Today on the Doc On The Run podcast, we’re talking about the difference no, maybe and probable, an injured runner and you’re trying to figure out whether or not you can run and still heal
Today on the Doc On The Run podcast, we’re talking about the difference no, maybe and probable, an injured runner and you’re trying to figure out whether or not you can run and still heal.
I do consultation calls with runners every day. Most of those runners are not people who were out for run, they got injured, then they just basically found me online, and then decided to call me for consultation. It doesn’t work like that.
Almost every person who calls me has really one question that they want answered. That is, can I run with this injury? The reality is, is that there’re usually three possible answers, no, maybe and probably. The fact is there’s never just a straight yes, aside from, yes, you can run, but you might make the injury worse. The big thing is trying to figure out whether or not the injury you have is one that you can do something to reduce the stress, reduce the strain on that injured tissue, and continue to ramp up your activity in the terms of your running without making the injury worse. That’s really the big reason people call me. They want to know that.
I also get people who email questions to me to use on the podcast, for episodes like this, wanting to know, can I run with Achilles tendinitis? Can I run with a sesamoid injury? Can I run with a metatarsal stress fracture? The short answer is, maybe, unless I really know what your circumstances are. I have to really understand what it is that you’re doing, how bad the injury is, and what we can do to modify your activity so that it does reduce the stress on that one particular injured part. For example, if you have an Achilles tendon issue and we put a heel lift in your shoe, that will actually decrease some of the tension on the Achilles tendon. If you can decrease the tension on the Achilles tendon and the stress and strain on the Achilles tendon enough to allow it to heal, then you actually can continue training and should theoretically be able to ramp up your running and not make the injury worse.
This is also true with stress fractures. When you have a stress fracture in one of the metatarsal bones in your foot, doctors always act like that’s some huge thing, like some terrible problem. They go, “You’ve got a broken bone in your foot, you can’t possibly run,” but you have 26 bones in your foot. You have five metatarsal bones. If only one of those bones has had too much stress applied to it, and we can do something to modify the inserts in your shoe, modify the way that you run, modify what you’re doing to decrease the stress and strain, particularly to that specific metatarsal bone, then you usually can continue to train and ramp up your activity without making the injury worse.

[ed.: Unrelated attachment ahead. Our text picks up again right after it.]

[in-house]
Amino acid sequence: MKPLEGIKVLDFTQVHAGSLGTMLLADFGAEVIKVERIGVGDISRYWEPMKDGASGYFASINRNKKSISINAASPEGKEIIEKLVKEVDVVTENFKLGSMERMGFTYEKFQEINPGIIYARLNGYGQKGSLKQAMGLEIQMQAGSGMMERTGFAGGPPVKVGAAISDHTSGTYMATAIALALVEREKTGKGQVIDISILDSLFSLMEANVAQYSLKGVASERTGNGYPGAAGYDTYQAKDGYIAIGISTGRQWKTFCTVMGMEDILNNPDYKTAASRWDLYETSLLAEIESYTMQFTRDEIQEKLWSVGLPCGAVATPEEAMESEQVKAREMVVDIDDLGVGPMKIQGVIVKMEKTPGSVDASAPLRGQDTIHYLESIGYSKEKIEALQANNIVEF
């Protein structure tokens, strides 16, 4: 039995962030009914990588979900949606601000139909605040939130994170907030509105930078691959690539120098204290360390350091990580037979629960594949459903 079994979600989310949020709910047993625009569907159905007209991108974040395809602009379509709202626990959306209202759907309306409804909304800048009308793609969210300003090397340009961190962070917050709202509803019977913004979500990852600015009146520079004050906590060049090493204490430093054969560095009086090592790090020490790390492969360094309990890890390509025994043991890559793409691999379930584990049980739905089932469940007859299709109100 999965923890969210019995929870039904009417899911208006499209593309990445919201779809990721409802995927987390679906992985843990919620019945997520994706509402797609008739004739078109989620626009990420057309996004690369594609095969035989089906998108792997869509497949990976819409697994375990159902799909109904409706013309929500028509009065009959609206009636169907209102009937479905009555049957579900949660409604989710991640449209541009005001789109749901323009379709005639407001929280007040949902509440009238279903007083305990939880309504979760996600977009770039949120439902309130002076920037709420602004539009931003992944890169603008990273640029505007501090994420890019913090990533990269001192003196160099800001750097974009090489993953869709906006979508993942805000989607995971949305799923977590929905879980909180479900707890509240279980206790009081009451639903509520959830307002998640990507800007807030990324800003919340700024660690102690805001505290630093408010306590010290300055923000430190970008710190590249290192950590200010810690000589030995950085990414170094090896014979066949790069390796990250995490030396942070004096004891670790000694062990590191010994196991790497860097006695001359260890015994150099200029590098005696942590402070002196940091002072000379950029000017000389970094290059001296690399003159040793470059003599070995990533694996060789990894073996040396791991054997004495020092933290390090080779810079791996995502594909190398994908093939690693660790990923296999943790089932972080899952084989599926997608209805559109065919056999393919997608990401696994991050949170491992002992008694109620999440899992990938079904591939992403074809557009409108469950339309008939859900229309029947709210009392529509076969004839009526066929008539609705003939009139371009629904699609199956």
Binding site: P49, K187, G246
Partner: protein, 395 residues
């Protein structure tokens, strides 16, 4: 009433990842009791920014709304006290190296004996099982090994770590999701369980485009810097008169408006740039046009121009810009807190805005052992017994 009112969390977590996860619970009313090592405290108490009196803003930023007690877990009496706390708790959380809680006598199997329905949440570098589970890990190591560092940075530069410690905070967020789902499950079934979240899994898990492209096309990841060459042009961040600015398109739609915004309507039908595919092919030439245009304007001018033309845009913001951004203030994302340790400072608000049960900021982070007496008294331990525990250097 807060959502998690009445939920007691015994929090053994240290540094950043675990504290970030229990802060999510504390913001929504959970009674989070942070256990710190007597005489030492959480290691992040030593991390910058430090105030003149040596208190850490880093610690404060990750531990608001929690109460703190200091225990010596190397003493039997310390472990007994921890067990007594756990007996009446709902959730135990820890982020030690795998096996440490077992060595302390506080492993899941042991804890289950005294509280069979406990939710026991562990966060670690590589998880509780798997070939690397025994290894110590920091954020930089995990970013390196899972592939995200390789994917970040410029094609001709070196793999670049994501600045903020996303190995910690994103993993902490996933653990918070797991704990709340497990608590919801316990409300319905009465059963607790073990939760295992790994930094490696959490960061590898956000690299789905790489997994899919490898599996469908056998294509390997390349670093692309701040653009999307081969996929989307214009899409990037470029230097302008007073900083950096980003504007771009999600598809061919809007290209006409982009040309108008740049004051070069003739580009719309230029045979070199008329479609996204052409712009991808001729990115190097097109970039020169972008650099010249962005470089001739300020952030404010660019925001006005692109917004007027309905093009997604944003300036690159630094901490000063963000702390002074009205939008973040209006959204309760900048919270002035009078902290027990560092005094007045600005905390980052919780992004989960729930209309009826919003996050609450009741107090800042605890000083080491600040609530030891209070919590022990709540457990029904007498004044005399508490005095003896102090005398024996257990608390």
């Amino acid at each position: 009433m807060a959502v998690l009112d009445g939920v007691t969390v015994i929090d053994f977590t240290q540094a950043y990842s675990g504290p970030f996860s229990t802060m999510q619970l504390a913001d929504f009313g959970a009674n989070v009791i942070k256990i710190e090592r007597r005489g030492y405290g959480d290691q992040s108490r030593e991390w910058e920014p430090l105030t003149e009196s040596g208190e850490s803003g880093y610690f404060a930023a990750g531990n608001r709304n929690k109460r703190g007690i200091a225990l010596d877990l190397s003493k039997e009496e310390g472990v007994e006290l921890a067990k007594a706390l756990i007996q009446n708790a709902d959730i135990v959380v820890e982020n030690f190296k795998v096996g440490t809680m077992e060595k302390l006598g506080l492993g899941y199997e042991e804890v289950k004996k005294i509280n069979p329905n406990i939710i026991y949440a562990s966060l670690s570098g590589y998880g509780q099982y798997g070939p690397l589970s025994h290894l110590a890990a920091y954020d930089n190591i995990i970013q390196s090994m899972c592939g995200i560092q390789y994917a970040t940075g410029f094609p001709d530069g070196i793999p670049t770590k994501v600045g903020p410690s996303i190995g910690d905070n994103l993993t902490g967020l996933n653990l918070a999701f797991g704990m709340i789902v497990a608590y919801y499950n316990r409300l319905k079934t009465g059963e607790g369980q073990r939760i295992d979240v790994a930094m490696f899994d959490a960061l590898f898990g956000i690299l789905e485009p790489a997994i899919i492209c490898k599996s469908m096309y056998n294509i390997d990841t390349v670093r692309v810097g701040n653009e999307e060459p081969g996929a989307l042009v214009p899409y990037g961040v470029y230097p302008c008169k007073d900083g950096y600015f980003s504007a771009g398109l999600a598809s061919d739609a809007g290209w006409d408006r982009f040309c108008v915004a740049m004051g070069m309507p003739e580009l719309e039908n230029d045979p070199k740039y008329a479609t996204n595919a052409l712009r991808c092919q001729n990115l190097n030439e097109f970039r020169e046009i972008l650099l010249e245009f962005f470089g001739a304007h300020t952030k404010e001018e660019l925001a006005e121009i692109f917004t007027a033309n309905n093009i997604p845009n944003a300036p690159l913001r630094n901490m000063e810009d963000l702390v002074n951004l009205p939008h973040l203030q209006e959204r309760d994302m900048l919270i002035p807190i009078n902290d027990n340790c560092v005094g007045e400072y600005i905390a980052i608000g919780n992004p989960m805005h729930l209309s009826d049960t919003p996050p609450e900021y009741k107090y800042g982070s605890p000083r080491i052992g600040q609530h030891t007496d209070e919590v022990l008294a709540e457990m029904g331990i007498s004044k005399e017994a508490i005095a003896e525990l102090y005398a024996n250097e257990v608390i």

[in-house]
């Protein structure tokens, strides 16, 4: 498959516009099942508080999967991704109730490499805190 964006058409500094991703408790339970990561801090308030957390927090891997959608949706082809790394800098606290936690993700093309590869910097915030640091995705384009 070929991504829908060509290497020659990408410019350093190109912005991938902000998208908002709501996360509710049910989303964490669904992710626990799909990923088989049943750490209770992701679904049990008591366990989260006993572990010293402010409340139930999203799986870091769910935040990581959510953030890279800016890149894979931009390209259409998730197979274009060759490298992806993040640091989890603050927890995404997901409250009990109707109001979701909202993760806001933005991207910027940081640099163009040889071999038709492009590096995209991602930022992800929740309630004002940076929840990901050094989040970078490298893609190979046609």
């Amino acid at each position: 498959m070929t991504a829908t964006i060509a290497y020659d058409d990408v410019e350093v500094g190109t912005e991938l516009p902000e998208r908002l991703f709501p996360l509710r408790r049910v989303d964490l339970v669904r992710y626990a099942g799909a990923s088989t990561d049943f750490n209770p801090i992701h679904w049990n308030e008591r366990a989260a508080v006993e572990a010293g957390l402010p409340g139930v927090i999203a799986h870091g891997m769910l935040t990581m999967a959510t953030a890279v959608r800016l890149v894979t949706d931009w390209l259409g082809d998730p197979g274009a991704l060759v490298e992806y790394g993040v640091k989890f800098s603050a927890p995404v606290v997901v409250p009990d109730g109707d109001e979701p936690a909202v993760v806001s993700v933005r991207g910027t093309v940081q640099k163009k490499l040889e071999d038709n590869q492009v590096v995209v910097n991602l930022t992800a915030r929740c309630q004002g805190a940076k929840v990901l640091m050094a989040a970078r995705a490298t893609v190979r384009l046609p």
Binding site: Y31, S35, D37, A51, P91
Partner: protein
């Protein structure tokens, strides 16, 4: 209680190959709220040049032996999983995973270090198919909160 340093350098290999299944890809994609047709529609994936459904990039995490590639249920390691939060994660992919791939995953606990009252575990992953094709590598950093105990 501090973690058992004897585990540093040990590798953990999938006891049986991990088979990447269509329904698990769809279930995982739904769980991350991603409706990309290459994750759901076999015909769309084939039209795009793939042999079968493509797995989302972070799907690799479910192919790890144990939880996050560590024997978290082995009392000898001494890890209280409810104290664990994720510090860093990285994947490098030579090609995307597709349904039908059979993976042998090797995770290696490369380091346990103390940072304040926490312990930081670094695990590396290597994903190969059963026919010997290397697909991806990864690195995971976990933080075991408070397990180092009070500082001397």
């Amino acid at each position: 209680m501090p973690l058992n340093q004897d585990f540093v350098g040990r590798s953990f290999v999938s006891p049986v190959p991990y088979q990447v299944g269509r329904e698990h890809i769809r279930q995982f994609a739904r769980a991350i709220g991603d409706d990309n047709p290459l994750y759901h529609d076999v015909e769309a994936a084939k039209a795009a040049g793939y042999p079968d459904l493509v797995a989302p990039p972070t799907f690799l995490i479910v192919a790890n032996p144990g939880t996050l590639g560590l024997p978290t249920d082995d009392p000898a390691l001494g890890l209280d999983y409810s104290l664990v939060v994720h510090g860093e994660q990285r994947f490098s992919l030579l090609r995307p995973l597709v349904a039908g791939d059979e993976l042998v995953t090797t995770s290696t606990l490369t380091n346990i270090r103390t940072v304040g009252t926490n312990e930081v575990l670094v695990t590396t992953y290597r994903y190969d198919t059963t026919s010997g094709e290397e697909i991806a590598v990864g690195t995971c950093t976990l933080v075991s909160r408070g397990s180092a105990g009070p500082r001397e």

The truth is, is that, when I start talking to people, and when people send these inquiries to me and say, “Oh, I’m an elite runner, can you just tell me if I can run? Because my doctor told me I shouldn’t run. I just wanted to know if you think I can run.” Well, the answer’s no. If a professional, a doctor, someone looks at you, they evaluate you, and they tell you based on what they see, what they’ve seen on your x-rays, what they believe that you can’t run without making it worse, then I’m not going to tell you that you can just make it worse unless I can talk to you and figure out what it is that you could do differently. That’s really what I do differently when I talk to runners who have injuries.
It’s not that I have some magical ability to help people run. It’s just that I can listen to you, hear your story, hear what your goals are, hear what you really need to do, learn how you need to maintain your fitness, learn what race you really want to do. Then, take your specific injury and, instead of giving you some cookie cutter four-week plan, or six-week plan, or some standard plan that doctors are trying to sell to you, just to get you out of the office quickly, we spend a lot of time talking about what you can really do differently.
You can do this on your own, you can figure out what it is that you have to do to reduce the stress and strain. I’ve actually produced courses that actually teach you how to determine how bad your stress fracture is and what to do to keep running, if you have a metatarsal stress fracture. I’ve also made courses on Achilles tendon injuries, so that you can figure out how to reduce the stress and strain on the Achilles tendon, reduce the inflammation around the tendon, and continue to train and maintain your fitness, but you can do it on your own.
If you’re really diligent about figuring out how bad your problem is, how bad the injury is, and then you can take what you know about that and figure out how to reduce some of the stress and strain on that particular tissue, then the chances are not just maybe that’s a correct answer for you. The chances are really good that the correct answer for you is probably. Then, you can go try that. You can do a test run. You can try to modify your activity and see if it feels okay when you run. If it feels okay when you run, then you know it’s safe to do that. Then, you can very gradually ramp up your activity and you can keep running. You just have to remember it’s not just no. There’s also maybe, and there’s also probably. You just got to figure out which one is really right for you.
Pain is the best tool to help an injured runner decide when run. You don’t have to figure out what to write down. We made a simple Pain Journal PDF for you.
If you have a question that you would like answered as a future addition of the Doc On The Run Podcast, send it to me PodcastQuestion@docontherun.com. And then make sure you join me for the next edition of the Doc On The Run Podcast!